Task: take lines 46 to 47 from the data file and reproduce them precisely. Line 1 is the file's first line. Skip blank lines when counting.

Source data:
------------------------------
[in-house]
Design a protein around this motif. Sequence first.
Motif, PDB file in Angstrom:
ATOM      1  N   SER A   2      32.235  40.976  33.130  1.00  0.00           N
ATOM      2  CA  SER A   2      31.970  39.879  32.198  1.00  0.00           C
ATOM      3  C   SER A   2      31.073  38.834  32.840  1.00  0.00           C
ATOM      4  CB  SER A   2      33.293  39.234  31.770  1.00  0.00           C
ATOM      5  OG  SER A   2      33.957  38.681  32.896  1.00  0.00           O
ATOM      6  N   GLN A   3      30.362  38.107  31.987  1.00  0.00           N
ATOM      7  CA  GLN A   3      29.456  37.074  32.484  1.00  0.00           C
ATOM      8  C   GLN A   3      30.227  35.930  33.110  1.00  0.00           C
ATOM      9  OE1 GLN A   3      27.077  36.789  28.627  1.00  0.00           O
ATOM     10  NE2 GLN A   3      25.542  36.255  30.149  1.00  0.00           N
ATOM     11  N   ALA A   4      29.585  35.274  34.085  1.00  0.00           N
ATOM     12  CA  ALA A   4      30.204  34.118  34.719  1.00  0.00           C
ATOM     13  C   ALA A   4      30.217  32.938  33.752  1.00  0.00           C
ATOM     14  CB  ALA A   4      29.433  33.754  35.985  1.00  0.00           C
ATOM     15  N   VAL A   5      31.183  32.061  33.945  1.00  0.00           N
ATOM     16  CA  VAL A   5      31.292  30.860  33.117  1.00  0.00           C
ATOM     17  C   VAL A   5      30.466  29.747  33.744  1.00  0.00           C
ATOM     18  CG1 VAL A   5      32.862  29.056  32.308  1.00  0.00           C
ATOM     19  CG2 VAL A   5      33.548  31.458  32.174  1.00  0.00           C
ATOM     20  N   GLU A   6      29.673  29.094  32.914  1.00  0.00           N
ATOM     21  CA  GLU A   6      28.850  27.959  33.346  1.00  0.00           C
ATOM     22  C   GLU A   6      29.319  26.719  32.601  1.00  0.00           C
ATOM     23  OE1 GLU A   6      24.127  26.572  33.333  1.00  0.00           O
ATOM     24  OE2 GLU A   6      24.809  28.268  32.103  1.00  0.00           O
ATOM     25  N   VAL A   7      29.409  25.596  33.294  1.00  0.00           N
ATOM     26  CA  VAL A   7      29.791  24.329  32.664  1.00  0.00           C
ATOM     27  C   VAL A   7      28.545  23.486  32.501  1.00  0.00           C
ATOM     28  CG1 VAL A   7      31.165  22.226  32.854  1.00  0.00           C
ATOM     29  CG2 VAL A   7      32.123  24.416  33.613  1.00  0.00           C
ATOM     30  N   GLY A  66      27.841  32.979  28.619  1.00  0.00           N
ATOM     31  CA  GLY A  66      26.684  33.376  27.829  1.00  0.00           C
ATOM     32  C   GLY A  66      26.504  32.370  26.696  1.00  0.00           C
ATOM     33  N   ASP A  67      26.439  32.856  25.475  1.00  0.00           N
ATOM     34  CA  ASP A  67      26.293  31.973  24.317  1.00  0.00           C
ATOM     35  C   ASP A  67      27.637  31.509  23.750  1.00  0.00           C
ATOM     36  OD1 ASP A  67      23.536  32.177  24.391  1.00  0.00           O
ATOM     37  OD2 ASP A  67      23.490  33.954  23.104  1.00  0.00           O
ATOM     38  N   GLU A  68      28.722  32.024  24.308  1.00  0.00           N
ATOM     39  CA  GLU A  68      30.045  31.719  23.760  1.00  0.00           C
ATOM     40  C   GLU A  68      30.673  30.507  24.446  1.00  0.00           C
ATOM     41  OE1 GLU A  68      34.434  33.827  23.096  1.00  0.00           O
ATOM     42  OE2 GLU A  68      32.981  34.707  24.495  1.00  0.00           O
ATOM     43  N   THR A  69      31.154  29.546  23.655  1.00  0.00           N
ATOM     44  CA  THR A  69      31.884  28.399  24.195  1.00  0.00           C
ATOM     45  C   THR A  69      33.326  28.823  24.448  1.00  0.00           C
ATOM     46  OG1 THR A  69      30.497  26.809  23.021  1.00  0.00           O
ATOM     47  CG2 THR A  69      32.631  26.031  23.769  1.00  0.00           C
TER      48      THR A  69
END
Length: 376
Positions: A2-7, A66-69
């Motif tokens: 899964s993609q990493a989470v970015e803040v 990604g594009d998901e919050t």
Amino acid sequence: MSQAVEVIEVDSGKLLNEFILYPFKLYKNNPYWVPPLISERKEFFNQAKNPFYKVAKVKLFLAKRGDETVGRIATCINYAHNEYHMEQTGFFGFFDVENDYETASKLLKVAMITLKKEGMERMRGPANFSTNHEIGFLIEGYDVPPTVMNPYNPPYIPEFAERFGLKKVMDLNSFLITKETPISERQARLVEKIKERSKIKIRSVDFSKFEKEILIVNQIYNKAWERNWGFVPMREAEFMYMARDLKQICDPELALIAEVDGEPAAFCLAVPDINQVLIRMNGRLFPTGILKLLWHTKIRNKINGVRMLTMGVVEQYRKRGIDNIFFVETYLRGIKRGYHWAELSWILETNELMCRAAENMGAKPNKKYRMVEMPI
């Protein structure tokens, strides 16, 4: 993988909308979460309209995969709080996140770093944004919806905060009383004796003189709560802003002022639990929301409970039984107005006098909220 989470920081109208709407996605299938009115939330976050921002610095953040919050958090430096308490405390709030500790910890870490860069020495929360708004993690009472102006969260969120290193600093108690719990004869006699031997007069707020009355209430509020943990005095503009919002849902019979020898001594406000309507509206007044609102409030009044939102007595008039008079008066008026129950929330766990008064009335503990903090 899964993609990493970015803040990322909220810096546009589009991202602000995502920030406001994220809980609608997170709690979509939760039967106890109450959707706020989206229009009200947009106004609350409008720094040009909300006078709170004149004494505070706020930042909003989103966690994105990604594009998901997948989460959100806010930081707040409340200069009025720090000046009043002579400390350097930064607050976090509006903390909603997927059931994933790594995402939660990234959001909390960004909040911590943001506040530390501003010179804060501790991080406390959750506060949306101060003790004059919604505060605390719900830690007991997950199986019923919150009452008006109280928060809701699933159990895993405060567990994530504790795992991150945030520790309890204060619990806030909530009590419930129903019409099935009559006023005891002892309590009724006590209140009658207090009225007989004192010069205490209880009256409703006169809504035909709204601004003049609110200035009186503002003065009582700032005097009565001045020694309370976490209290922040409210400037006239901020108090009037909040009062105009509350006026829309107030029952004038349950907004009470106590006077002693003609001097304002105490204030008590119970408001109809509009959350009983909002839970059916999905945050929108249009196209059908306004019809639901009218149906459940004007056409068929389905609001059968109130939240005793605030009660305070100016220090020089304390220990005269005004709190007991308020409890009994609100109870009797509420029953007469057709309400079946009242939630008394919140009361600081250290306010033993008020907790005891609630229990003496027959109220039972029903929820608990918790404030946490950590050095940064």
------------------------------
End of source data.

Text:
ATOM     43  N   THR A  69      31.154  29.546  23.655  1.00  0.00           N
ATOM     44  CA  THR A  69      31.884  28.399  24.195  1.00  0.00           C